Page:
Reporter Hannah LaClaire’s May 2 article, “As summer nears, most Maine tourism businesses are understaffed,” outlined the uphill battle Maine businesses face as the busy tourist season approaches with “70% of businesses understaffed.” Driving through any town in Maine, one is struck by the number of “Help Wanted” signs for many service and hospitality businesses. A solution, however, is close at hand, and Maine’s congressional delegation is working to pass it.

Some Maine businesses have come to rely on the H-2B seasonal worker program to try to alleviate the need to fill vital roles during the busy tourist season. However, as the article points out, the paperwork, regulations and delays, not to mention a congressional quota, mean some employers never get the help they need. There is another option that could alleviate this problem more quickly and cost-effectively. Currently, in Maine and elsewhere, refugee shelters are full of folks awaiting review of their asylum applications. Many want to move out of the overburdened shelters, and would do so if they had work permits in hand.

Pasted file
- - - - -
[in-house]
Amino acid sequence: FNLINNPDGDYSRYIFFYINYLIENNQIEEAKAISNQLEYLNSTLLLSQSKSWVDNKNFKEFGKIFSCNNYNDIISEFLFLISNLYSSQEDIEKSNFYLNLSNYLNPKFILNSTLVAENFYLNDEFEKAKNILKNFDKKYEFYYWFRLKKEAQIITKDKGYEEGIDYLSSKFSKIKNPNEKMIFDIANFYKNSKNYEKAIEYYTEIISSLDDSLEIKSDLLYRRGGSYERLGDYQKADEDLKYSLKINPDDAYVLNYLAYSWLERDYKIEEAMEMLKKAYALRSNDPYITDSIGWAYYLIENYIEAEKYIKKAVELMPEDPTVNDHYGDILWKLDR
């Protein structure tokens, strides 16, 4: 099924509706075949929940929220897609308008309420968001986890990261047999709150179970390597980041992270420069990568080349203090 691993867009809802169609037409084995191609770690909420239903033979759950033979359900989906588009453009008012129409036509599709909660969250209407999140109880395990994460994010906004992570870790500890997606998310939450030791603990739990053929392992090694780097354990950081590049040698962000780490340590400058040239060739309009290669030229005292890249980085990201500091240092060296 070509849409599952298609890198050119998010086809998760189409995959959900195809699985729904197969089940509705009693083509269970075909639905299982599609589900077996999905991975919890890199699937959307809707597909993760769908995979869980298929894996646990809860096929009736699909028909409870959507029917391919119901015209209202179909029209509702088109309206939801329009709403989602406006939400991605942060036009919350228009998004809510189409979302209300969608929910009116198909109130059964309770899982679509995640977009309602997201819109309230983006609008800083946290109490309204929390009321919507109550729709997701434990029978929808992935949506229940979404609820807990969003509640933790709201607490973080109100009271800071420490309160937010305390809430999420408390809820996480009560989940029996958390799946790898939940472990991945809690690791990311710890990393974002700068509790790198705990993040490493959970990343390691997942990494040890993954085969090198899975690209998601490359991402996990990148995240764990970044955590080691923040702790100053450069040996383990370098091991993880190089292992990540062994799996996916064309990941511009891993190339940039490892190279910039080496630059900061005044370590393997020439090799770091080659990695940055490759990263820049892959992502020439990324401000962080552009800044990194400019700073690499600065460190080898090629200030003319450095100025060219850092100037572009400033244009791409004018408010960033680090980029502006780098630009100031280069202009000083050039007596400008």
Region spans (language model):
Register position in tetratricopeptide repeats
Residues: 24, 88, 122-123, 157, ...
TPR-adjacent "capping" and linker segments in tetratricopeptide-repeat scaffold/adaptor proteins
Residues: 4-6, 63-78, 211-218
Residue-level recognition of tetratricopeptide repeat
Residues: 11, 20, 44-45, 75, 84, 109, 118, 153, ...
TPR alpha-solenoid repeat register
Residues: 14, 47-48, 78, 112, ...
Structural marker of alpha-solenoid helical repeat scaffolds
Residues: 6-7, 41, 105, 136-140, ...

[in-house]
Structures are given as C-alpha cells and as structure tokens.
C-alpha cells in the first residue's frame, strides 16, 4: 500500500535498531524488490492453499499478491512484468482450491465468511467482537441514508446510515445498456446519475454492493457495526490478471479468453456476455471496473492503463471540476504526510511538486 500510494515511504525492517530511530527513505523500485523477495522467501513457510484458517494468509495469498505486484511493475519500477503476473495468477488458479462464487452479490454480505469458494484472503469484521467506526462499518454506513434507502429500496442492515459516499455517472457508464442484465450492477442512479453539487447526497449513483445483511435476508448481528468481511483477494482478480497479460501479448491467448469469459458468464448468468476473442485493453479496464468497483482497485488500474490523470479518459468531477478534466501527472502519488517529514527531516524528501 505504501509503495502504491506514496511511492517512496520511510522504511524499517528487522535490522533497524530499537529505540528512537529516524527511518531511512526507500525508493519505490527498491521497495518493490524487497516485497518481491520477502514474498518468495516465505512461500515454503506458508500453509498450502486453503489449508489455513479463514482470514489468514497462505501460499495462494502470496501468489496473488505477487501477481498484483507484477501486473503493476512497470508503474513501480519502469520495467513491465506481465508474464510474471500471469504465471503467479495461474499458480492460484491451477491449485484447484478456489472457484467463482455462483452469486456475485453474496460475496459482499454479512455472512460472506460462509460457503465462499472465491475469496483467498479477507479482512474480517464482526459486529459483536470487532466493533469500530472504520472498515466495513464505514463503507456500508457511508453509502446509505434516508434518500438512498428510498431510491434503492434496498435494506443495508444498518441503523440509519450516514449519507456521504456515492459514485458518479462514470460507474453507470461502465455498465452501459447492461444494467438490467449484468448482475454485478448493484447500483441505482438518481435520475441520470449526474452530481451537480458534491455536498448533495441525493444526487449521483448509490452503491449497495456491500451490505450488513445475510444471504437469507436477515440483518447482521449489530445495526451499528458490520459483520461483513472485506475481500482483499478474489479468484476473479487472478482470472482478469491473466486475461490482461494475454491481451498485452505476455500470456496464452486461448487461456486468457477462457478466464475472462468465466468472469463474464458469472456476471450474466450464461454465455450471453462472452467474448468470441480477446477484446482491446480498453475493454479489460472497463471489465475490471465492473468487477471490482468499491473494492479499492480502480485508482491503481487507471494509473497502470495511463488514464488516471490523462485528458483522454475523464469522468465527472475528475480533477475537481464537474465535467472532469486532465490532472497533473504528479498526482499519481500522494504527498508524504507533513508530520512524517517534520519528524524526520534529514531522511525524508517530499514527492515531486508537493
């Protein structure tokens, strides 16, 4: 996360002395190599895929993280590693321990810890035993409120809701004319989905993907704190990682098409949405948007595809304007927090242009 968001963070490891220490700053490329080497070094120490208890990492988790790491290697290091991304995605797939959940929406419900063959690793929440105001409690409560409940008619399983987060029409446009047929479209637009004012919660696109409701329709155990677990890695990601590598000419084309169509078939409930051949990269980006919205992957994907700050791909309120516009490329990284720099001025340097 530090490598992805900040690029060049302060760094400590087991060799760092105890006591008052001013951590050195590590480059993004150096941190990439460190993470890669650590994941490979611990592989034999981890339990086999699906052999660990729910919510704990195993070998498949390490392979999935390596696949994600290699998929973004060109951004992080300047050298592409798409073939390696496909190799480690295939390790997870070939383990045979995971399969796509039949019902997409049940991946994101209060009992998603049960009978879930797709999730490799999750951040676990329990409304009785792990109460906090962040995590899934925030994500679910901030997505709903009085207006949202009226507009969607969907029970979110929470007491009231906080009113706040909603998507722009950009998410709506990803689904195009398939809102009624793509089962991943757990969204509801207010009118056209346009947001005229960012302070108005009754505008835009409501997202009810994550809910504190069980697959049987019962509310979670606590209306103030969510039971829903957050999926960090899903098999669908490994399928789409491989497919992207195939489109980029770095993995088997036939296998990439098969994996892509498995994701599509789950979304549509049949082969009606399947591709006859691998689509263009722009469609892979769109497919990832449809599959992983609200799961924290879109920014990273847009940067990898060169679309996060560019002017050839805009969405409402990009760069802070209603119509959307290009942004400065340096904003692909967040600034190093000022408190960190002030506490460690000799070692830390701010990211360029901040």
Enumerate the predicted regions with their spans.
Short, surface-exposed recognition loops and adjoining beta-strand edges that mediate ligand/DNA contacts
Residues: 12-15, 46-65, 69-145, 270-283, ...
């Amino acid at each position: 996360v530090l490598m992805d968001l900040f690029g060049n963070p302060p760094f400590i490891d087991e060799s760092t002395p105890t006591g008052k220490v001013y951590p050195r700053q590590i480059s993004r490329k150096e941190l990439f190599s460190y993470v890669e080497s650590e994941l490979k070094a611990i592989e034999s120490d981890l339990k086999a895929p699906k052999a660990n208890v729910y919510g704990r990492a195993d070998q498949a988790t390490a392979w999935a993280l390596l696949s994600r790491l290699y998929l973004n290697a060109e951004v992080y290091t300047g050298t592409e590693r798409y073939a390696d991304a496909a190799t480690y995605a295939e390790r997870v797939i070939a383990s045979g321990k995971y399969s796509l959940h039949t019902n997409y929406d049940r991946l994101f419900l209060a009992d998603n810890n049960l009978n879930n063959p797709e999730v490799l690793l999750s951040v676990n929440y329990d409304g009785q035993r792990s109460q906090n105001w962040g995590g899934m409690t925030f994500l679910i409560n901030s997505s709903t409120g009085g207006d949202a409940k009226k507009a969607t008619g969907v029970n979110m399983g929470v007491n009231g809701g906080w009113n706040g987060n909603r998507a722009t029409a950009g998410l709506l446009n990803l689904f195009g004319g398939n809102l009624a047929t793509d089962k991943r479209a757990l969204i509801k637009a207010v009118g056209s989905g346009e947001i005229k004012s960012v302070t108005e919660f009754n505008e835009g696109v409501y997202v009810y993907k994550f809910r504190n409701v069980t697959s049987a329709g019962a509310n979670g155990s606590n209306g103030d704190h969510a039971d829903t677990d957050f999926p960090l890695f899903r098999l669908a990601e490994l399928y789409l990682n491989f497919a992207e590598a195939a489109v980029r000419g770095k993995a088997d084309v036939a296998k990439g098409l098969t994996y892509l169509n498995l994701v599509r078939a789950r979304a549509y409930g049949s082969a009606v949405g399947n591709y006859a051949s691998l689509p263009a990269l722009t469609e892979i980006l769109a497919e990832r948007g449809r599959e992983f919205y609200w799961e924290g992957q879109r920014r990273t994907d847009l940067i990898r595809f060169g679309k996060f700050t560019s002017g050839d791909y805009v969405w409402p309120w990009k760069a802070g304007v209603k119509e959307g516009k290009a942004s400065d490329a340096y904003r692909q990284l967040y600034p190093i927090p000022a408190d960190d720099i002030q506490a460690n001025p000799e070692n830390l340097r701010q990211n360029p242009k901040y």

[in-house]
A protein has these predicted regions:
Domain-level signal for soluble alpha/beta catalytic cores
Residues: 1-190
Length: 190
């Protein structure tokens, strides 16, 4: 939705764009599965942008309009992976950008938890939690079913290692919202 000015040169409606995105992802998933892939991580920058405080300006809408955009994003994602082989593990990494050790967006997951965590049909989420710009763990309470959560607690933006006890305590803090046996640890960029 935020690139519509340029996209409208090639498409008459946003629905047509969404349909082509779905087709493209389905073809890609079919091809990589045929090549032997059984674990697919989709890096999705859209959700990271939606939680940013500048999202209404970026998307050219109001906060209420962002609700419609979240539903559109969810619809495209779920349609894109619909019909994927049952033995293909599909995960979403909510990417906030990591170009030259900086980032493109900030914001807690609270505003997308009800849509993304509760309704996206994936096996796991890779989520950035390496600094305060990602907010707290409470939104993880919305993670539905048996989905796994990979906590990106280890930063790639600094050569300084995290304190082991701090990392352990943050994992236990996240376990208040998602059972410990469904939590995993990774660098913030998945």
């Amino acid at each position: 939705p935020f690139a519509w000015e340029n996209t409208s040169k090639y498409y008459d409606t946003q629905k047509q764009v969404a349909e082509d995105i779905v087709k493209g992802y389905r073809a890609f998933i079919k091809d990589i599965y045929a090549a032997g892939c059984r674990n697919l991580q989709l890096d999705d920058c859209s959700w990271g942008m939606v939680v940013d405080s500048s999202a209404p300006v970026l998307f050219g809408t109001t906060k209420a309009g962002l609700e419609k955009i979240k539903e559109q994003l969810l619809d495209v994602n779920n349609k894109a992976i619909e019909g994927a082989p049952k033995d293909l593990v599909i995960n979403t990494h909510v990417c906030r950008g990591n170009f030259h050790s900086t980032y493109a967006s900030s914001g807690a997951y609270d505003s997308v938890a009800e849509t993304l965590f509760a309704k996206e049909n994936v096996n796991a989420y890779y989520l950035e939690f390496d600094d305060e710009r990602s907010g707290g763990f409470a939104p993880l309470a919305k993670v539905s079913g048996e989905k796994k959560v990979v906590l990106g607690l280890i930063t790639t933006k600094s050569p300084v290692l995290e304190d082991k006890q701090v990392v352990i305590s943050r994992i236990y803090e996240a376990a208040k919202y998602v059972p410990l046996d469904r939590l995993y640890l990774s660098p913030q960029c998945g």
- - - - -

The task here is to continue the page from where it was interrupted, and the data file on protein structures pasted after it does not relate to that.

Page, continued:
Sen. Susan Collins has filed a bipartisan bill, the Asylum Seeker Work Authorization Act, which Sen. Angus King has also signed on to, that would reduce the wait time for employment authorization documents for asylum seekers from six months to 30 days. Rep. Chellie Pingree has introduced a similar bill in the House.

It is time for Congress to streamline these existing paths to employment to help Maine businesses, cities and towns who are eager to fill those open positions.

Matthew J. Maiona
immigration attorney & adjunct professor of business immigration law, Suffolk University Law School

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